Egypt’s oil and gas sector has seen total investments of $27bn over the past four years, Minister of Petroleum and Mineral Wealth Tarek El Molla said on Monday.
The minister’s remarks came during a lunch meeting organised by the American Chamber of Commerce (AmCham) Egypt headed by Tarek Tawfik.
El Molla said that Egypt was suffering from a large deficit in its petroleum trade balance, “which began to decrease in 2018, then turned into an $800m surplus in 2020”.
He said that Egypt became a regional energy hub trusted by major international energy companies, particularly as it did not stop projects during the novel coronavirus (COVID-19) pandemic.
“The demarcation of maritime borders with Cyprus and Greece provided Egypt with great opportunities in new explorations, which prompted major international companies to submit bids for new projects,” he continued.
Similarly, the maritime border agreement with Saudi Arabia paved the way for new explorations in the Red Sea, according to the Minister.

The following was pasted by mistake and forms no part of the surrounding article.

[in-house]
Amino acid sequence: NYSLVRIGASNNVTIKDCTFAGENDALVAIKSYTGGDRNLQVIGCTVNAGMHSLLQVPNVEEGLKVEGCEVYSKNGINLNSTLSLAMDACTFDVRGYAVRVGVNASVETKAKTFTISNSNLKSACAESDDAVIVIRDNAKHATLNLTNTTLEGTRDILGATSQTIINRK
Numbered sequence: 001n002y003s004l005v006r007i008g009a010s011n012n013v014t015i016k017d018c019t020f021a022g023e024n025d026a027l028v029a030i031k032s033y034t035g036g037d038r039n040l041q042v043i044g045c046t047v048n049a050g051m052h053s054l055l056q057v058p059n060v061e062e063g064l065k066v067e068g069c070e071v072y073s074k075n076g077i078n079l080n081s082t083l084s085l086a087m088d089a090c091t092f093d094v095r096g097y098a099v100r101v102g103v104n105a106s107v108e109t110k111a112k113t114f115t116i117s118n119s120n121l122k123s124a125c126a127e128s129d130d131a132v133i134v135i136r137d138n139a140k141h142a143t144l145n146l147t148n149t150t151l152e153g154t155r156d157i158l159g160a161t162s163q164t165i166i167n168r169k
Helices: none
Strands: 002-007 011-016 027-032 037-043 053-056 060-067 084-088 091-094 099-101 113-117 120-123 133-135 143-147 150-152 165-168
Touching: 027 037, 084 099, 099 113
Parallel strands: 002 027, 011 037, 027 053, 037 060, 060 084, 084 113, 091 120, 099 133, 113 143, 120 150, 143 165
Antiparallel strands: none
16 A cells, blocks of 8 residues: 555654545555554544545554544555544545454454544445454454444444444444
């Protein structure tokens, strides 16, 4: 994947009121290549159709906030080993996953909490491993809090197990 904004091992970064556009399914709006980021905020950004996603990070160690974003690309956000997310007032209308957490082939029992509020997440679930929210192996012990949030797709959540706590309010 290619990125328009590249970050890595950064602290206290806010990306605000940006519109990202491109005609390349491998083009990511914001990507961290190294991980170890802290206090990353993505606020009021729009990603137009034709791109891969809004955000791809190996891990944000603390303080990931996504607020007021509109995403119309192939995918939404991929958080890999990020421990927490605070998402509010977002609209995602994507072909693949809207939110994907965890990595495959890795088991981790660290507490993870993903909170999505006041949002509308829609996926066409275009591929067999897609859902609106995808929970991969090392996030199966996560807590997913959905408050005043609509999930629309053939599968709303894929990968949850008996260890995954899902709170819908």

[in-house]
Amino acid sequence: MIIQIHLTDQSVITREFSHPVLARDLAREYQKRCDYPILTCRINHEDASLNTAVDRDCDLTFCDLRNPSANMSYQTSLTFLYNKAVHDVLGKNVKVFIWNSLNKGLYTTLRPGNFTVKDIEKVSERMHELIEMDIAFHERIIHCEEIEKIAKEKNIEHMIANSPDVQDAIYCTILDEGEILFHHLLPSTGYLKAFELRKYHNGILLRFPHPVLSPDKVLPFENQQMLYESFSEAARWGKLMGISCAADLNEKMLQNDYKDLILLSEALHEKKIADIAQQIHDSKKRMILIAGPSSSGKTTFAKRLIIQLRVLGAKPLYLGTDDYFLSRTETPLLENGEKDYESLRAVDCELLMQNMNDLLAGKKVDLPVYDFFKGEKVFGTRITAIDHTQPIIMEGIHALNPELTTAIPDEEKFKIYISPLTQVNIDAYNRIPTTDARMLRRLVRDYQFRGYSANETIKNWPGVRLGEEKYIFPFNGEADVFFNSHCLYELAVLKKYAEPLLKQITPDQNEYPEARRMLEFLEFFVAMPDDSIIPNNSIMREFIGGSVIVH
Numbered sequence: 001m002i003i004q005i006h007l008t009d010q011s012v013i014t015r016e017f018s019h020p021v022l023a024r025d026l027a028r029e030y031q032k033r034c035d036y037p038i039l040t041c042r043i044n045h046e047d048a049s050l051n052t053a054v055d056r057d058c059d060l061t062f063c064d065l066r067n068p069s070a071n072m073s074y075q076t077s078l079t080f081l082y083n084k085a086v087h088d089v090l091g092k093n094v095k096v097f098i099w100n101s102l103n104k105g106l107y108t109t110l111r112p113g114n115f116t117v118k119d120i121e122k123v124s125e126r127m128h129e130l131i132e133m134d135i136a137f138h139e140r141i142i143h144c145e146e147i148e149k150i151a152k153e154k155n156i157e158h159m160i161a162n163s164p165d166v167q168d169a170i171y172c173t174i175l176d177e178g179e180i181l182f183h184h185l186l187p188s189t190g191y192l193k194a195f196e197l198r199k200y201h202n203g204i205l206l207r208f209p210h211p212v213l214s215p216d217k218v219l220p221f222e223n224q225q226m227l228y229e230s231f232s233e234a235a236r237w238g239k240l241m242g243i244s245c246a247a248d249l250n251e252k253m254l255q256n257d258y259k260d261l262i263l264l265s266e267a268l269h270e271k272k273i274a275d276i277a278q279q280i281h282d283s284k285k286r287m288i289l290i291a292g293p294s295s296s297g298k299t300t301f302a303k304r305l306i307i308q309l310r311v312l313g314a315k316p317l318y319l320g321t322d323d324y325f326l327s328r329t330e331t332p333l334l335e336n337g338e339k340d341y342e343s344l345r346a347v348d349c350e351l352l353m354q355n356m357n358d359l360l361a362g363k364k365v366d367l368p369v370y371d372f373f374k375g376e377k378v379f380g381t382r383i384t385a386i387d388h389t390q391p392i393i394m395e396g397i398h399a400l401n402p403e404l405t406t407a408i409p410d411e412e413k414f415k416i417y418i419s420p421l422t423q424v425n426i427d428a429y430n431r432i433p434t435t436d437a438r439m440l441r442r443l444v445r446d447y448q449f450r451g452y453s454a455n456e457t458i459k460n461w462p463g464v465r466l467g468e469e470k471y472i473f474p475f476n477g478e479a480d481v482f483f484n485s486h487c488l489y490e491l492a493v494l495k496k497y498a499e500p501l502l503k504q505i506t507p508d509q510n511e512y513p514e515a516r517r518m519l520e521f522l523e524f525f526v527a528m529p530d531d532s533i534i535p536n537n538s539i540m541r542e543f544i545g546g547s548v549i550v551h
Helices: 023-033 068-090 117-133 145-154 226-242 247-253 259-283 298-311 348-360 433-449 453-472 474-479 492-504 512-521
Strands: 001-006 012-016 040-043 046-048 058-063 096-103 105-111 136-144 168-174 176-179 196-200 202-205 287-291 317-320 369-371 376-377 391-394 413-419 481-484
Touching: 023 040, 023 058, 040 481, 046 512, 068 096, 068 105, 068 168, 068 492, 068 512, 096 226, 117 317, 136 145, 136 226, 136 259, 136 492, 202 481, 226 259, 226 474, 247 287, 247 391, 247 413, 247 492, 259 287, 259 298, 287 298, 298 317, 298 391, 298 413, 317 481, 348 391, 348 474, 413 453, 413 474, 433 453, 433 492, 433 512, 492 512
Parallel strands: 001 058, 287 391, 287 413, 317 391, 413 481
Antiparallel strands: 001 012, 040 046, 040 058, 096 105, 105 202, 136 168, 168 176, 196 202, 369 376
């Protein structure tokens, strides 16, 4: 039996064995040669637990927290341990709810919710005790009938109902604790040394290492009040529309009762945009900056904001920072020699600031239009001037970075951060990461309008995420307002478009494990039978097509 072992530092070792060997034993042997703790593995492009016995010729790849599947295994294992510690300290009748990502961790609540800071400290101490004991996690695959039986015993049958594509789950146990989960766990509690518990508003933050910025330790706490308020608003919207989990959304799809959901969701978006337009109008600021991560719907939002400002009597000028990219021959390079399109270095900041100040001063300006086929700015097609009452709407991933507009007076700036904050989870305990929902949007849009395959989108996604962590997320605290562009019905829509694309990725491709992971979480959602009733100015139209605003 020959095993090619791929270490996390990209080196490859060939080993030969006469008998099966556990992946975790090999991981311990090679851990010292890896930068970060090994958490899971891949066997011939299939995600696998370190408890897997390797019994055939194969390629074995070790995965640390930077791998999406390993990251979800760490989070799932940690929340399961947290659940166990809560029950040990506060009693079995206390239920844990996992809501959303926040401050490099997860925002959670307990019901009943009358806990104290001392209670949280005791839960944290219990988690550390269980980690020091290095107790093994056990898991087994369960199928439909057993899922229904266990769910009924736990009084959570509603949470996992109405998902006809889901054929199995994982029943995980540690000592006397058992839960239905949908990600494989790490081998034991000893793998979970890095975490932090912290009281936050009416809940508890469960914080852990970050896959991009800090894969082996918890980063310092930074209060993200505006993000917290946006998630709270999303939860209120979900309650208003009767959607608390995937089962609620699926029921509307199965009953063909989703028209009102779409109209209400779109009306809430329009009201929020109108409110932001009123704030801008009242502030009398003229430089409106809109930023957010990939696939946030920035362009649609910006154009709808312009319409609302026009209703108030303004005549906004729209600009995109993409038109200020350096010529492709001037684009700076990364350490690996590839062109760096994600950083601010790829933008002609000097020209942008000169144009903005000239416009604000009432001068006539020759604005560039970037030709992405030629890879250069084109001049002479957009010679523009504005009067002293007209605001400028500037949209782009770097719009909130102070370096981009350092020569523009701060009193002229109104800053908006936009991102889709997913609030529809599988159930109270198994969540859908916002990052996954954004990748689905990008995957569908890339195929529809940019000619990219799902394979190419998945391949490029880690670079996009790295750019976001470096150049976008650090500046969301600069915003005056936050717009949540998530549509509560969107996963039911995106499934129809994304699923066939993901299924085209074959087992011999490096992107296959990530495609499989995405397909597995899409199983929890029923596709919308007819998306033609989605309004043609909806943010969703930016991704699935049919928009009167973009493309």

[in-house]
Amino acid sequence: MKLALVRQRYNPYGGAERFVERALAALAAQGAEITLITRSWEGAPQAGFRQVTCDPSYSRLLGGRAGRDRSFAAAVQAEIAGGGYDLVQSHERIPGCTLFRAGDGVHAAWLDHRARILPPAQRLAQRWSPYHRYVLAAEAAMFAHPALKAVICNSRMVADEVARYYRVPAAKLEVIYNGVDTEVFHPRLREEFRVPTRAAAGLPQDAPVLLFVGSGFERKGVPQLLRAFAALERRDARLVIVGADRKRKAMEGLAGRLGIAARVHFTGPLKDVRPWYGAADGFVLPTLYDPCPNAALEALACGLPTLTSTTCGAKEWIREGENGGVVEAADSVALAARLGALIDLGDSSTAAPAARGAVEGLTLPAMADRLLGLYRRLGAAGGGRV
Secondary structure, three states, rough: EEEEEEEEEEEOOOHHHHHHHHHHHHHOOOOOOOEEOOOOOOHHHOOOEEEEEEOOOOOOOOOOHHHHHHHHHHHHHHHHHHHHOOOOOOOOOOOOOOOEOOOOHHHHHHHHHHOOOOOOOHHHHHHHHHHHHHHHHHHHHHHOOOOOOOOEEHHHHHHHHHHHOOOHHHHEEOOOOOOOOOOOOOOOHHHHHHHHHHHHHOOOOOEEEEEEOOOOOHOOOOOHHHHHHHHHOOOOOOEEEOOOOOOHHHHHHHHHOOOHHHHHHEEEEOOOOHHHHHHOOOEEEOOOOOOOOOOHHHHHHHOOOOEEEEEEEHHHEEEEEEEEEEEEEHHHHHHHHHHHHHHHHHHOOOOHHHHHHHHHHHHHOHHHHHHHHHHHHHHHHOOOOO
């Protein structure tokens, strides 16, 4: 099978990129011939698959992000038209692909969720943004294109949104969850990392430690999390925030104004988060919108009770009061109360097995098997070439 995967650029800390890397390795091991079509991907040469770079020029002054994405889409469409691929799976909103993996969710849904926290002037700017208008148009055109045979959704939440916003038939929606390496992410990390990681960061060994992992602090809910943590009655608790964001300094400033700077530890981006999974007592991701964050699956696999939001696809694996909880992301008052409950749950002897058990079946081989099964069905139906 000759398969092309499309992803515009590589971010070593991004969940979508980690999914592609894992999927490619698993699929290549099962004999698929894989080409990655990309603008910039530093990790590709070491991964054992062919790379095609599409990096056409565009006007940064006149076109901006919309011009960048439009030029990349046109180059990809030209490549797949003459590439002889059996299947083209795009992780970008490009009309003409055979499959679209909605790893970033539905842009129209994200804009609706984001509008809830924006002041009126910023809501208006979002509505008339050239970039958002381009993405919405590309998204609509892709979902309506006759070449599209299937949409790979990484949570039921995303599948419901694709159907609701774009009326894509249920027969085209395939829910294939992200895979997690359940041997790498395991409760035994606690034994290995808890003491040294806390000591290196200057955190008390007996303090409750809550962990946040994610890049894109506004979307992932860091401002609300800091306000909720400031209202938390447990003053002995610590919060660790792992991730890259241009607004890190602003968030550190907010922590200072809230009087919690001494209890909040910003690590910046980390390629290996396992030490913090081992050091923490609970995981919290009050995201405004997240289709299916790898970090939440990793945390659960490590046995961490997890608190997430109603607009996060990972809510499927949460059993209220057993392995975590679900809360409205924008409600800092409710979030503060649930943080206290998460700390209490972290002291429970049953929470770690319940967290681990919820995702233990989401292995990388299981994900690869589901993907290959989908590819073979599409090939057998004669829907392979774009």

El Molla pointed out that, during the past seven years, Egypt has signed about 99 new agreements in the field of petroleum exploration, with investments amounting to about $27bn. This reflects the global interest in the sector in Egypt, and compares to the seven agreements Egypt signed during the period from 2010 to 2013.
The minister pointed out that the country has connected 12.2 million households to the natural gas grid.
“About 50% of them were connected over the last seven years, and we aim to bring that number to 19 million within three years,” El Molla revealed.
Moreover, he pointed out that Egypt is seeking to increase natural gas fuel stations for cars to 1,000 stations by the end of this year.
El Molla said that seven years ago, Egypt was suffering from a deficit in petroleum products that burdened the public treasury with about $6.3bn at the time.
In order to solve the issue, it was necessary to re-plan the petroleum subsidies in a manner that takes into account sustainable development, he added.